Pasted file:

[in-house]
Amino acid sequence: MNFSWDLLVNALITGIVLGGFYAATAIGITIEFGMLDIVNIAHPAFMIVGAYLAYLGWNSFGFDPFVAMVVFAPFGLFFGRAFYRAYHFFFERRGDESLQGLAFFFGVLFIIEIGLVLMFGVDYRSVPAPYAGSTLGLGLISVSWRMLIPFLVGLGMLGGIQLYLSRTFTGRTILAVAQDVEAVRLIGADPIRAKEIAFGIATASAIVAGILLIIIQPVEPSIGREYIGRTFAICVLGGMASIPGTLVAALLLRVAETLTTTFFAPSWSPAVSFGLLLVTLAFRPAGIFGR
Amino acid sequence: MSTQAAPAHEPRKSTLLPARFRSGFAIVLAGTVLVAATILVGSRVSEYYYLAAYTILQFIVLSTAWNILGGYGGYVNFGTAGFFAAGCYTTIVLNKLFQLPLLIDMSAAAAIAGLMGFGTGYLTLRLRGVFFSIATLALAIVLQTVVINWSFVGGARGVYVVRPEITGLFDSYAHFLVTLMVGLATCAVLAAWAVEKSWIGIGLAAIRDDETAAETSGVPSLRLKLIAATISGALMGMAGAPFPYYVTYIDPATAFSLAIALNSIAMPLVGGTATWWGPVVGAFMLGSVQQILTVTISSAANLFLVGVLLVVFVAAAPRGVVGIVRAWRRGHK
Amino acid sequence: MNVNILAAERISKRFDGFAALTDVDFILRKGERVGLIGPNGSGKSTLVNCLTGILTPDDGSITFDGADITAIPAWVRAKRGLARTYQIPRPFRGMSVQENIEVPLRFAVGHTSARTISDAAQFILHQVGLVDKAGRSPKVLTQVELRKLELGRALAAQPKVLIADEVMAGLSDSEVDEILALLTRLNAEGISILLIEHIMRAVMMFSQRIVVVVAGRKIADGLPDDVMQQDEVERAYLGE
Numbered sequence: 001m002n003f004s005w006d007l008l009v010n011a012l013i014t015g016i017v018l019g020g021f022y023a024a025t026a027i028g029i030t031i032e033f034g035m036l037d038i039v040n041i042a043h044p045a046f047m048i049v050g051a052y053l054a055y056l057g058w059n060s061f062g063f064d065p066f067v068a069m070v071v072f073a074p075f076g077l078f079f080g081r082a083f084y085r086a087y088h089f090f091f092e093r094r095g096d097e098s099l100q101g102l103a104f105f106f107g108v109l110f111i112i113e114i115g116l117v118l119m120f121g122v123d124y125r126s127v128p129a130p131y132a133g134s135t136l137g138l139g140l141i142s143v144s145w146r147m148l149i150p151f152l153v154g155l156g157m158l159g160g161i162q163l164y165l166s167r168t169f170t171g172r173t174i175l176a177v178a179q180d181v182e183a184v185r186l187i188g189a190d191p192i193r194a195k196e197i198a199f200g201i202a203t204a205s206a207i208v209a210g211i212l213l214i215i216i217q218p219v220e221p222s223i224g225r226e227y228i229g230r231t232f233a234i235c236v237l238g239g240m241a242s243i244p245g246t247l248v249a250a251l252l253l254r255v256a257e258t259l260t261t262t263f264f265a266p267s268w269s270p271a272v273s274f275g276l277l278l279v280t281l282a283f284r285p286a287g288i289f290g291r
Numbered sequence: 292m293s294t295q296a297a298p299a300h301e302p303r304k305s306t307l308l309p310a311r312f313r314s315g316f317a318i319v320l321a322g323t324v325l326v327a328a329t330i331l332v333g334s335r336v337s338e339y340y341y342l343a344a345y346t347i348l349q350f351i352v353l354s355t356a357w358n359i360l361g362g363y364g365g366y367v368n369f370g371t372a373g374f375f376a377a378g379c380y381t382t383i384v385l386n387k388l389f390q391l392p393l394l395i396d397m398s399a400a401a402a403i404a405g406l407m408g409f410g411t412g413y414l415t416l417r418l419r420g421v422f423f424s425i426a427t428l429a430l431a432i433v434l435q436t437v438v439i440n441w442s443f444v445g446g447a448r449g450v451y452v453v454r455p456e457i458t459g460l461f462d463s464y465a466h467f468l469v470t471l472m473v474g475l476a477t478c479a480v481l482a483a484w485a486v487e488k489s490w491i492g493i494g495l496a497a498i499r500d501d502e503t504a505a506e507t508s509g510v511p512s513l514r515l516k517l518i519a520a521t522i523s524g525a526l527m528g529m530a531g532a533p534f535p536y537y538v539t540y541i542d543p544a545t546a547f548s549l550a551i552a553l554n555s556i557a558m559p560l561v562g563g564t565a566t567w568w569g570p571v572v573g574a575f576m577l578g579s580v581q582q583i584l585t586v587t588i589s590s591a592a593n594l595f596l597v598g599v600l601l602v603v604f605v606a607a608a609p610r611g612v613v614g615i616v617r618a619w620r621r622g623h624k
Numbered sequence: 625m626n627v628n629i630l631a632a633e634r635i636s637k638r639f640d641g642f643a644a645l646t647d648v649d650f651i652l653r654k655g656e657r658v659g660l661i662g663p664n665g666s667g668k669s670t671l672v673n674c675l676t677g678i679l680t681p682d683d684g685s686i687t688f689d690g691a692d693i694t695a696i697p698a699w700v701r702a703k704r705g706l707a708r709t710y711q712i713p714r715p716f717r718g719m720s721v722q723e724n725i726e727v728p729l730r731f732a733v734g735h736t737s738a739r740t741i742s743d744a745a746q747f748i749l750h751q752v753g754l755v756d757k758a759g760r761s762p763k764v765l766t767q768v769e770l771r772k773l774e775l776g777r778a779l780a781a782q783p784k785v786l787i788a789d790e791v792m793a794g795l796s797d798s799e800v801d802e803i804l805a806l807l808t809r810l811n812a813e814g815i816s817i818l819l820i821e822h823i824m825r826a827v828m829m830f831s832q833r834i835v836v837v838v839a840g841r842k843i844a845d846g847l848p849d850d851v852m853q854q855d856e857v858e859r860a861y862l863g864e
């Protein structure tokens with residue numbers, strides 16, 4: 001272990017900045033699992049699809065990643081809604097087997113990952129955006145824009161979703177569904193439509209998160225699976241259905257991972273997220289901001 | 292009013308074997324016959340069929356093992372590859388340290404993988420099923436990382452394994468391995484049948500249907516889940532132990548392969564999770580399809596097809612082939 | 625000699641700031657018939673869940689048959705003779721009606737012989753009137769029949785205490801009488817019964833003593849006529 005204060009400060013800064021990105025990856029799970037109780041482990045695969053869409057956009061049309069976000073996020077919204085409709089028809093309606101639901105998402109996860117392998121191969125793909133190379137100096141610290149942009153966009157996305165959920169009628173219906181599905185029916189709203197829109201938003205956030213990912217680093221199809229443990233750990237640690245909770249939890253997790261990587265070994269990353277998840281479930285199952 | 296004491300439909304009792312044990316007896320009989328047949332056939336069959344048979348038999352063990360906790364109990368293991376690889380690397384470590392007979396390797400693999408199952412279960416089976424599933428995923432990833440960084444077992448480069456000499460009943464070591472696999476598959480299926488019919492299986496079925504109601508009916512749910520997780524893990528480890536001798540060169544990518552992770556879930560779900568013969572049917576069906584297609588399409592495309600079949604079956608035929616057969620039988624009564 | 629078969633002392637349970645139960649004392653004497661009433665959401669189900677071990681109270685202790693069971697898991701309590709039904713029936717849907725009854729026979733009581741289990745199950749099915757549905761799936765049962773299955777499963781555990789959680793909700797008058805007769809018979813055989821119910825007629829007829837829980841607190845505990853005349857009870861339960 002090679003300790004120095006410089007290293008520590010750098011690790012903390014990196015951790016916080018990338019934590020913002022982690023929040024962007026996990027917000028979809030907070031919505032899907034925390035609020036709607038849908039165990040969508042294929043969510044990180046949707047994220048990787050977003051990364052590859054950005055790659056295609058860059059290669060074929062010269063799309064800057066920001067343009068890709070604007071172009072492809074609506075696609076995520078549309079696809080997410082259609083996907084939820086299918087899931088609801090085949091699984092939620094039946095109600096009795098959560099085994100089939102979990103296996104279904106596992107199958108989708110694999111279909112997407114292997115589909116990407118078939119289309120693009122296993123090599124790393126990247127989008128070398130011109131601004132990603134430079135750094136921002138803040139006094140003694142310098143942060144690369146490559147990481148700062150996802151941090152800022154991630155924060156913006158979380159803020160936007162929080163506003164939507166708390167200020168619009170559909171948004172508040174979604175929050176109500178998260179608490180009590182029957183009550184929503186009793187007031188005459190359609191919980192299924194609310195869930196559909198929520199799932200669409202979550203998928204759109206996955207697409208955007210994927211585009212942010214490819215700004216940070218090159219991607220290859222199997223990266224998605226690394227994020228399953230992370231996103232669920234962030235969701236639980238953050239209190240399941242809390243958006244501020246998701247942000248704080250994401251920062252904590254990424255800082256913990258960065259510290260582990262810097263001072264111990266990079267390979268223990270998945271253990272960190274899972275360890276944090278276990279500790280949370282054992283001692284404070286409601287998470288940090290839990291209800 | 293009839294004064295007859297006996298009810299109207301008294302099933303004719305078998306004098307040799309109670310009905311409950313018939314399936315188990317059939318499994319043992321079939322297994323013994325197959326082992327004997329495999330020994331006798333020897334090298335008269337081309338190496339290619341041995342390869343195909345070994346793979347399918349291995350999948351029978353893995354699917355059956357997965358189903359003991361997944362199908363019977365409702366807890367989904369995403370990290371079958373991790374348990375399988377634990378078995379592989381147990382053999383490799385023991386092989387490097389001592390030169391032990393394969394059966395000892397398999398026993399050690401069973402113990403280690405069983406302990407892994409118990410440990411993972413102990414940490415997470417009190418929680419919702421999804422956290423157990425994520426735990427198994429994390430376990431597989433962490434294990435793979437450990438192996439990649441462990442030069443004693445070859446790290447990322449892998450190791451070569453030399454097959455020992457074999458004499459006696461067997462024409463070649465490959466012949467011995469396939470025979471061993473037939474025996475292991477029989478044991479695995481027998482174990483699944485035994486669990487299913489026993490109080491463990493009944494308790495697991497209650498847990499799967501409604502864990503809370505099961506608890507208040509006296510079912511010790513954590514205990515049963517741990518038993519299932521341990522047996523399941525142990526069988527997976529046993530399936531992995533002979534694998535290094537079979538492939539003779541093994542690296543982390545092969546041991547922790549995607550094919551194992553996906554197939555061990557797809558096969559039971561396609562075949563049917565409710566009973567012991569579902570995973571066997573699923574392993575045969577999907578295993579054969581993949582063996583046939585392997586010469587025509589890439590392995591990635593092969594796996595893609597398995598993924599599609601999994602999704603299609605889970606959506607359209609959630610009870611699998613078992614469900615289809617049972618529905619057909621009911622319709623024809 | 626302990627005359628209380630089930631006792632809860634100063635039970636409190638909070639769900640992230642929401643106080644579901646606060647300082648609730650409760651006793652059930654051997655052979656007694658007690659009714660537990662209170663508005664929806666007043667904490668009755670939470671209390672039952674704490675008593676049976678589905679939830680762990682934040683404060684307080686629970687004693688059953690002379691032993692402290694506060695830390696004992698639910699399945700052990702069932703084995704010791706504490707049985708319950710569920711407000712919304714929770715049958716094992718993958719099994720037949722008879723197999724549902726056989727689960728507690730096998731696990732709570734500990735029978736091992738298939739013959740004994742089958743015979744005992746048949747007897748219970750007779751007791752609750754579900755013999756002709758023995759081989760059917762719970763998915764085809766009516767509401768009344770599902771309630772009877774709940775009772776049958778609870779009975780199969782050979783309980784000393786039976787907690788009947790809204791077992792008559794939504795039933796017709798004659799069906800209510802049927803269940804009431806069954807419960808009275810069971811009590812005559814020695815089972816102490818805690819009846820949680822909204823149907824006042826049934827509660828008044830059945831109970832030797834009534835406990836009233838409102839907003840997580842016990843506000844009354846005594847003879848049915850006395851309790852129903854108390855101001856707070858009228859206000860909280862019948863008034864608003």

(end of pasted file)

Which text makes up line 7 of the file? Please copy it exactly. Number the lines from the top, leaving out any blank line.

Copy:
Numbered sequence: 625m626n627v628n629i630l631a632a633e634r635i636s637k638r639f640d641g642f643a644a645l646t647d648v649d650f651i652l653r654k655g656e657r658v659g660l661i662g663p664n665g666s667g668k669s670t671l672v673n674c675l676t677g678i679l680t681p682d683d684g685s686i687t688f689d690g691a692d693i694t695a696i697p698a699w700v701r702a703k704r705g706l707a708r709t710y711q712i713p714r715p716f717r718g719m720s721v722q723e724n725i726e727v728p729l730r731f732a733v734g735h736t737s738a739r740t741i742s743d744a745a746q747f748i749l750h751q752v753g754l755v756d757k758a759g760r761s762p763k764v765l766t767q768v769e770l771r772k773l774e775l776g777r778a779l780a781a782q783p784k785v786l787i788a789d790e791v792m793a794g795l796s797d798s799e800v801d802e803i804l805a806l807l808t809r810l811n812a813e814g815i816s817i818l819l820i821e822h823i824m825r826a827v828m829m830f831s832q833r834i835v836v837v838v839a840g841r842k843i844a845d846g847l848p849d850d851v852m853q854q855d856e857v858e859r860a861y862l863g864e